Special to the Tribune-Star
This week's Historic Treasure is one of those gadgets that we tend to take for granted today, the thermometer. A thermometer is a device that measures temperature. The name itself comes from the Greek, thermos meaning “hot,” and metron meaning “measure.” The ancient Greeks knew of the principle that certain substances expanded and contracted but the concept of temperature was yet to arise.
A thermometer has only two basic parts, a sealed container, (the bulb), for the sensitive substance, (either mercury or alcohol) and the numeric scale. The thermometer was not a single invention, however, but a development with several scientists refining the instrument. The first person to put a scale on the device is said to be either Francesco Sagredo or Santorio Santorio in 1611-13. Robert Fludd drew the first diagram of a thermometer in 1638, and Daniel Gabriel Fahrenheit invented the first mercury thermometer, the modern thermometer in 1724.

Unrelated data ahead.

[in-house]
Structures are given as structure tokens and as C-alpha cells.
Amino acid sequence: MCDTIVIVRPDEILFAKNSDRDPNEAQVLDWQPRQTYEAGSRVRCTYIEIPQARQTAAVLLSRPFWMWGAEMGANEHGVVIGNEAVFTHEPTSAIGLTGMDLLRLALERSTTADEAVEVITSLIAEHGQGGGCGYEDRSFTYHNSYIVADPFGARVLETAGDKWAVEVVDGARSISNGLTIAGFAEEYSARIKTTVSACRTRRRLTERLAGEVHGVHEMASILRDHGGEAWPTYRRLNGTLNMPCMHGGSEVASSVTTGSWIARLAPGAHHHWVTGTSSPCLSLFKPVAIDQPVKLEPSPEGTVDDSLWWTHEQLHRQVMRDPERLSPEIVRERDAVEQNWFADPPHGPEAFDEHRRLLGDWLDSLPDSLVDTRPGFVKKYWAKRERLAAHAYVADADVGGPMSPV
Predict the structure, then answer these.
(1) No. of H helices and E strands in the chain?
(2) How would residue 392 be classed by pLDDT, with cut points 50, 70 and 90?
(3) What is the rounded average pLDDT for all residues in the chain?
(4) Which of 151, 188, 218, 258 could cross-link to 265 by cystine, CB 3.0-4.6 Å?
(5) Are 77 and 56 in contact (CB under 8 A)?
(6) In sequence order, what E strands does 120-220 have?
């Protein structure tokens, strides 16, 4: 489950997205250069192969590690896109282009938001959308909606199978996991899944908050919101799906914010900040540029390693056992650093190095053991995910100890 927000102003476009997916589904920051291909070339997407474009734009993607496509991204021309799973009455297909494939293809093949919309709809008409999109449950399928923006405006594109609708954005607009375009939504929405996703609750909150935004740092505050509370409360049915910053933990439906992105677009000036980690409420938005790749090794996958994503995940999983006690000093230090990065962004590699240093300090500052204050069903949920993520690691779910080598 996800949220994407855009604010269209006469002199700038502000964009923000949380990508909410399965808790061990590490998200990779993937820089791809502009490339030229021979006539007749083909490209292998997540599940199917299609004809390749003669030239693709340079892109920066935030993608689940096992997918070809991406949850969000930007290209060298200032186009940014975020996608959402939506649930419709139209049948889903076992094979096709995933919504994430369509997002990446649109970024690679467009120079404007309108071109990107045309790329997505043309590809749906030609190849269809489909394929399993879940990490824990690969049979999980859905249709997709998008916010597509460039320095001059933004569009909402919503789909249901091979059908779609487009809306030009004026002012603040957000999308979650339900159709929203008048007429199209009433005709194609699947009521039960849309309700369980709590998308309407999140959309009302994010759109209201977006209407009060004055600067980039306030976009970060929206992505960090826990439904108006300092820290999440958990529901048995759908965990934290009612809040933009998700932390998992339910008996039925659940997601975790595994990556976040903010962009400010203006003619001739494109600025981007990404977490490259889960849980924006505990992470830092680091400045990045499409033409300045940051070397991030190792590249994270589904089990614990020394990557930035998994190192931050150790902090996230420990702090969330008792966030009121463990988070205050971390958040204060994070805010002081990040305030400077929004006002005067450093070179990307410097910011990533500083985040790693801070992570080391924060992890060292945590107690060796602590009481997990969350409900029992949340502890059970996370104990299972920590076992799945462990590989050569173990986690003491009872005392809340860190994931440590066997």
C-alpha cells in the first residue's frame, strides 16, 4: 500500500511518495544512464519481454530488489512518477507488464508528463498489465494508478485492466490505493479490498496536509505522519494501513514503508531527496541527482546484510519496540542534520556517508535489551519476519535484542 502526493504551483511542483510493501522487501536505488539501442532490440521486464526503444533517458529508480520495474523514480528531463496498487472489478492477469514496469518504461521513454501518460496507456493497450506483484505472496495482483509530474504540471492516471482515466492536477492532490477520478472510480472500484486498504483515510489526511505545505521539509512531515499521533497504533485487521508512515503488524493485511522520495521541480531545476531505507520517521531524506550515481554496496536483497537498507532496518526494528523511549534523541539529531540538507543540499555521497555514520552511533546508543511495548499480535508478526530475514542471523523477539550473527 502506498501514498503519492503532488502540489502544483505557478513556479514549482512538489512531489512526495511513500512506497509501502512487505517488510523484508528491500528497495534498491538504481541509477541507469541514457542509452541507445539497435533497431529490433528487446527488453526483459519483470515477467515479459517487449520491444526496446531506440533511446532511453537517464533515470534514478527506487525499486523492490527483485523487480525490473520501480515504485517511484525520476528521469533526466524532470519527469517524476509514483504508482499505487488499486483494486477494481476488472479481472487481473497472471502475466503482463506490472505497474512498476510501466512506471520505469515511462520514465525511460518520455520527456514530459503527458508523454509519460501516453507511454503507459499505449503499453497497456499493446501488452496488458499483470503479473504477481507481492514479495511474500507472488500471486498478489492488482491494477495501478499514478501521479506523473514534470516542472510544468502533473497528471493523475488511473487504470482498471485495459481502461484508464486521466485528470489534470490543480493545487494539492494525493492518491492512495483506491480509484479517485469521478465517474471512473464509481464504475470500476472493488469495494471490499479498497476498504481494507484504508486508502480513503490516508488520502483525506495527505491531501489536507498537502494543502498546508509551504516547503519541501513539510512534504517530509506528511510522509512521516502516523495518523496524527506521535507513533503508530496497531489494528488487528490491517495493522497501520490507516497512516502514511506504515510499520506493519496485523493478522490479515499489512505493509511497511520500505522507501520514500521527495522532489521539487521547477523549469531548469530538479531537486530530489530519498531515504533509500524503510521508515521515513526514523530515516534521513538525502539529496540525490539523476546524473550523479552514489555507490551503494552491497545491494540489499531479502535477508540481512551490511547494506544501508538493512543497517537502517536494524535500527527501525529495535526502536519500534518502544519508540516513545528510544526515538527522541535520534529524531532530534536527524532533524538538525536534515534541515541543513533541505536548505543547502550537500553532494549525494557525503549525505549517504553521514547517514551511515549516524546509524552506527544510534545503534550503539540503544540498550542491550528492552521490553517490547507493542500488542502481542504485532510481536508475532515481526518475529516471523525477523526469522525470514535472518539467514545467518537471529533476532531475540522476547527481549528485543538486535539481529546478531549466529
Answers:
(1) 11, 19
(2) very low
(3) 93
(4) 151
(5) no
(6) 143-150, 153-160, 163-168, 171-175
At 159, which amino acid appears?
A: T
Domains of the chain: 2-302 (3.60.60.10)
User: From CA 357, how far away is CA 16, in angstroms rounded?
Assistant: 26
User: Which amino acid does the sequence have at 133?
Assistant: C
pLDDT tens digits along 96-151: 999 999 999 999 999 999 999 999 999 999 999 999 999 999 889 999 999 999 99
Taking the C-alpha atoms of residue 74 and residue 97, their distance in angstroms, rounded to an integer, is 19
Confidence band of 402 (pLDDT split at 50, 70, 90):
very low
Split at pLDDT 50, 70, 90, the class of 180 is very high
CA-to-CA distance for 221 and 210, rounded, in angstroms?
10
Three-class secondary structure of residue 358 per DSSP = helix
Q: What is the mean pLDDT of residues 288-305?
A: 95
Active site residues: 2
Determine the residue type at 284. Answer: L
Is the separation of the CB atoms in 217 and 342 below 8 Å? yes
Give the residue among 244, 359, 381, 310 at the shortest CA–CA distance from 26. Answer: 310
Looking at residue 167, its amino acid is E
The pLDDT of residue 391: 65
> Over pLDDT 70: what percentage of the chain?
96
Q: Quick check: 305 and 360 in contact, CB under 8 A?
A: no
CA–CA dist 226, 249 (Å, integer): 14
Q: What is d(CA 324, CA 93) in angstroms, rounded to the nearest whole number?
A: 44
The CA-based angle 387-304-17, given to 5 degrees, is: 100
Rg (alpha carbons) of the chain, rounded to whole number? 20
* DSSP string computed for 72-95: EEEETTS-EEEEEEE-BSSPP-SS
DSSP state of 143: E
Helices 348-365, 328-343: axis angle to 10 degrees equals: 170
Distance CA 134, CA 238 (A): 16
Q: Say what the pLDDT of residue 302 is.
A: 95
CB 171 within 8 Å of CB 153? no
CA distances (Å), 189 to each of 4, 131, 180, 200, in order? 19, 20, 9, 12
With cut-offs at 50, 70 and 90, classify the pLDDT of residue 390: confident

Today thermometers are everywhere, in all sizes and shapes. They’re often given away as promotional items for advertising. The thermometer shown is from the 1950s. Mary Lynn Crocker of DeKalb, Ill., donated it to the Historical Society in 2011. On the back is engraved: “Compliments of the Terre Haute Advertising Company, 1317 Poplar Street. Makers of thermometers, calendars, pencils, fine leather goods and novelties.” Why don’t you come visit the Historical Society before temperatures get into the Kelvin territory?